I also saw a level of clouds come in at about 30' above my head. I know it was 30' because I could see the 25' anemometer on the tower, but not the 50' one. But, here was what was strange, we had 7 miles visibility at the time, it was like a tunnel through the fog. Didn't last long, but Greenland weather is a strange place.

About the middle of Jan., the steam generator broke, and they announced that there would be no more clean clothes until they could get parts. Early Feb. no more clean sheets till they could get parts for the steam generator. What's next? Mid Feb. navy showers, get wet, turn it off, soap down, rinse for 1 minute. Get the hell out! That lasted for a week, then no more showers. They had finally stripped me of all dignity I ever had, tired, dirty, smelling, and now, no showers. Actually, we weren't really dirty. We were 6000' from dirt, and that was straight down through the ice.

We were running out of food, but the cooks did the best they could. By mid Feb. we had hamburger, chicken and powdered eggs left. We would have eggs for breakfast, hamburger for lunch, and chicken for dinner, followed by eggs at midnight, chicken for breakfast, hamburger for lunch…

15 cents bought everything. A beer was 15 cents, pack of cigarettes, 15 cents, bar of soap, 15 cents. But now we were running out of everything. The only beer was San Miguel, whiskey, Old Overholt (over coat). Even for free, nobody wanted Old Over Coat or San Miguel.

Read this in the readers digest "Humor In Uniform" section. In Mar. the relief plane was in flight. The pilot radioed to Camp Century "How deep is the snow on the runway?" The radio operator said, "6000 feet deep, but come in anyway" That radio operator was Sp4 Radminsky, my buddy.

Speaking of Razz, another story. I was on the surface and Razz was operating the radio downstairs. I picked up the radio and said "XPN2, this is XPN2 Charlie, stand by for a spot announcement, “ARF, ARF“, thank you spot". Thought it was funny! I thought that the only one that could hear me was Razz, everybody else sleeping. The next voice I heard was the Camp Commander asking me to repeat my transmission. I gulped, and asked hi if Razz was there? He said that Razz was out shoveling snow, where I soon was going to be. I hide from him for 3 days, but he found me and gave me another nickname, "SPOT".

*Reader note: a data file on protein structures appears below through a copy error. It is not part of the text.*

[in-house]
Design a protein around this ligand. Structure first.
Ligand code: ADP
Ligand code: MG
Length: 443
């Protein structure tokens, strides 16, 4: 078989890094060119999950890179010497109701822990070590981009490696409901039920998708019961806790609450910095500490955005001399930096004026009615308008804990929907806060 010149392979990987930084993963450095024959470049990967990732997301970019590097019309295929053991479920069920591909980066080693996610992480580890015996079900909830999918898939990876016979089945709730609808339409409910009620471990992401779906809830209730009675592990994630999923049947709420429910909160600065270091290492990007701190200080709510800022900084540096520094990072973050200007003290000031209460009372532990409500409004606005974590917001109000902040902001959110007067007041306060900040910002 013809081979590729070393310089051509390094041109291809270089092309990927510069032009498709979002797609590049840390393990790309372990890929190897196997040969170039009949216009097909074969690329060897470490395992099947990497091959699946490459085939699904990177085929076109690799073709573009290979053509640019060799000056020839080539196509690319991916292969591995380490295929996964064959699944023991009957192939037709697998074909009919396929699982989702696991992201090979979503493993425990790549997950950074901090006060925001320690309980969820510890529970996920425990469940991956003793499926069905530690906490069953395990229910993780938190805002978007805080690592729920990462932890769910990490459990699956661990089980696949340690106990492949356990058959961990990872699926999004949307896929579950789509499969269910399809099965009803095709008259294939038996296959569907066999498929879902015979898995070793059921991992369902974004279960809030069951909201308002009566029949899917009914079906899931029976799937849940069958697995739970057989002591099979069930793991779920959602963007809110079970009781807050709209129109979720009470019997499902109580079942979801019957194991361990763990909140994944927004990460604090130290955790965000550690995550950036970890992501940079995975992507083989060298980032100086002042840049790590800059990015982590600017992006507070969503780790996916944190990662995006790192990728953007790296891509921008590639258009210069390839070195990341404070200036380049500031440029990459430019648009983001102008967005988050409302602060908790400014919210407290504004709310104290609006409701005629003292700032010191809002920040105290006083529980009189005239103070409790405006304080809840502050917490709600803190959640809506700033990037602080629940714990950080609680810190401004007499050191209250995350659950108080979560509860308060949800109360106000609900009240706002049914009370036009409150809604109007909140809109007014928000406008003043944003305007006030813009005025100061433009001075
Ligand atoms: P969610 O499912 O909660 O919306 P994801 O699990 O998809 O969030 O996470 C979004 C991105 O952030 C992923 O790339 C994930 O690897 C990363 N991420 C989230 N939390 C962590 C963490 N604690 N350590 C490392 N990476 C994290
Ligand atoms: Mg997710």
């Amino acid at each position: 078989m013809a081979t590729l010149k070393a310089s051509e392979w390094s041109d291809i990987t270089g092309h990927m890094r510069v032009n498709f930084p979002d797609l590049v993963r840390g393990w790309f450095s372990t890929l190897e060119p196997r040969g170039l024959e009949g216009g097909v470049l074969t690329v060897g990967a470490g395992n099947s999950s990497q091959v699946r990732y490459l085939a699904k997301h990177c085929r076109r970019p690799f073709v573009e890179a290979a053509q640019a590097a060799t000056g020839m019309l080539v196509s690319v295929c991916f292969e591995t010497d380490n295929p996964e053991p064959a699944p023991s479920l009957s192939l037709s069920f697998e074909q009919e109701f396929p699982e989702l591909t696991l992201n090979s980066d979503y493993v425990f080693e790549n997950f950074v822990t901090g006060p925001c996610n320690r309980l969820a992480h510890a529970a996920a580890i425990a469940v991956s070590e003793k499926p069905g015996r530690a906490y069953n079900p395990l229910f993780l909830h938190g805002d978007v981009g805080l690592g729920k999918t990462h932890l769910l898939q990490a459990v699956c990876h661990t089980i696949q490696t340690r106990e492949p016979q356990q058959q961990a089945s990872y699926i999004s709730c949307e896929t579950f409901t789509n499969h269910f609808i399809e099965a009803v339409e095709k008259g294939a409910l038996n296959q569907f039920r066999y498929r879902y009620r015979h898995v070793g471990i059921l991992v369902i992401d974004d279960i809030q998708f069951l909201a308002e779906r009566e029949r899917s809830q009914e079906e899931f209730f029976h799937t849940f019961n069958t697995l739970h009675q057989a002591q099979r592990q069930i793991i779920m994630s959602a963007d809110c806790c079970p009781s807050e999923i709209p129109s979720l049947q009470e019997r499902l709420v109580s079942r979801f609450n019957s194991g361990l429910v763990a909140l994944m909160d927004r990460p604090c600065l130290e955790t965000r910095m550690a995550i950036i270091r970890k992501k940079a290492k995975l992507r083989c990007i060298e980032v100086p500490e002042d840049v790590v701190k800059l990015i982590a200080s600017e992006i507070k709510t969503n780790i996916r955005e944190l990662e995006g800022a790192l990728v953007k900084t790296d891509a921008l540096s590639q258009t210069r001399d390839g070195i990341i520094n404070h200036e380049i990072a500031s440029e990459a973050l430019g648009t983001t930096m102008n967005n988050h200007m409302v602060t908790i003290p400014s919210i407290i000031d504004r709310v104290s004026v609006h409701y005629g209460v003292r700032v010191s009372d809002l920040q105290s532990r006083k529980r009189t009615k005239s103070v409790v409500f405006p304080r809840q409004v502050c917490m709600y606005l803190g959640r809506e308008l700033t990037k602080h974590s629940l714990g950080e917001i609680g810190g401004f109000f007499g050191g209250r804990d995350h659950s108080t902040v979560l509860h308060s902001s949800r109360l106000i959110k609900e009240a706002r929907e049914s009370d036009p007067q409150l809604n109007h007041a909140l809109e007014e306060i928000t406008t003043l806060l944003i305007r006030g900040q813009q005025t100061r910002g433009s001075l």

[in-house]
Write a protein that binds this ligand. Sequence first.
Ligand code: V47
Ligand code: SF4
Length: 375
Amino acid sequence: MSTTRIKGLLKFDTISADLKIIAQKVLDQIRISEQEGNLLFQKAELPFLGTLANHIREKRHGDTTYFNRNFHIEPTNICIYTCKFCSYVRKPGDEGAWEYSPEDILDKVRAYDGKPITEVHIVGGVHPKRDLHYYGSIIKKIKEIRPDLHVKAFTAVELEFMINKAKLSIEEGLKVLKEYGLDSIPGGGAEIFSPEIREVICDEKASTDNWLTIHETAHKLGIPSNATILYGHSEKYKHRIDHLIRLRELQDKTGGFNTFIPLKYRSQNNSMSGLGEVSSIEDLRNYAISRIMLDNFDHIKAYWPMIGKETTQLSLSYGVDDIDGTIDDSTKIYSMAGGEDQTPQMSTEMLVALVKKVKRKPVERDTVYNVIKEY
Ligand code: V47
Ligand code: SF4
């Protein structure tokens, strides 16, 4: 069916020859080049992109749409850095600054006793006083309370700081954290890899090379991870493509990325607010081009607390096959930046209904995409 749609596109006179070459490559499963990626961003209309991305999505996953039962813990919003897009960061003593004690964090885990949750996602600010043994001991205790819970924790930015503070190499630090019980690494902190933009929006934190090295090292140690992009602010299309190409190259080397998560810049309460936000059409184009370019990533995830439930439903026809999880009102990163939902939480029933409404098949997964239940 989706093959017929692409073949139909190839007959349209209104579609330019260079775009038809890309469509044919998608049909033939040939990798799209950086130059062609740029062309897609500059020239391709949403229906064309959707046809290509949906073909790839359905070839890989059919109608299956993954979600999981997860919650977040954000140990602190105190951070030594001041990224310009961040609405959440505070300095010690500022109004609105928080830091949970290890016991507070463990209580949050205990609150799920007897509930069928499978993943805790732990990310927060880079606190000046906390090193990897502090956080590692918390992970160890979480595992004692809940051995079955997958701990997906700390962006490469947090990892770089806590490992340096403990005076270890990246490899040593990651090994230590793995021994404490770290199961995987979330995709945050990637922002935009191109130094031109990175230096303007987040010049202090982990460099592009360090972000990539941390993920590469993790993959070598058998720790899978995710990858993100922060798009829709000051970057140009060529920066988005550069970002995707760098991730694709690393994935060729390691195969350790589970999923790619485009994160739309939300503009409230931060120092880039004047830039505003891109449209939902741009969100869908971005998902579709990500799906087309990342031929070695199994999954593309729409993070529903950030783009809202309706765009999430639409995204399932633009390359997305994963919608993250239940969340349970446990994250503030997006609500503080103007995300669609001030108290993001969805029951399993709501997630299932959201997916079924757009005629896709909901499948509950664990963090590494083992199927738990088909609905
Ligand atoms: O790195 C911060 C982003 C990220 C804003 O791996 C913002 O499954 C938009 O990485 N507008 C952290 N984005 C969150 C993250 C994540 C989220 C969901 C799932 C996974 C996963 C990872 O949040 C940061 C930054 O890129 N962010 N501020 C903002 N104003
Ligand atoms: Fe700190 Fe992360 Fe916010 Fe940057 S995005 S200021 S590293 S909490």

The first relief plane was in the air when the Camp Commander asked the pilot what he had on board. The pilot radioed back that he had parts for the steam generator and other repair parts. The Century Camp Commander radioed back to the pilot that he was to turn around and go back to Thule. The first plane to land a Camp Century that day had better have mail for his troops and some chow. The plane circled while the second plane with the mail flew up. The Camp Commander was my hero that day.

My turn to leave! My replacement was in, fully trained (2 observations), my bags were packed and the Caribou was waiting. This was the only time I had seen sunlight in 5 months. I walked out to the plane, found a seat, and looked back on the place I had called home for the last 6 months. I then noticed that building, (6' by 6'), (orange in color) (the only one on the surface), and realized that it was the WEATHER STATION.

I left Greenland in the spring and went back to Ft. Monmouth. I was a total stranger there, having been gone all winter. I remember the CO asking the First Sergeant who I was. Out of sight, out of mind.

My 2 other friends who went up to Greenland had returned near Christmas, and had shipped back to Greenland even before I got there.

short leave, a few weeks back to Ft. Monmouth and I was back on the plane to Greenland. I remember crying as the plane set down in Thule. They didn't ask me this time where I wanted to go, just put me on a Caribou back to… guess where CENTURY.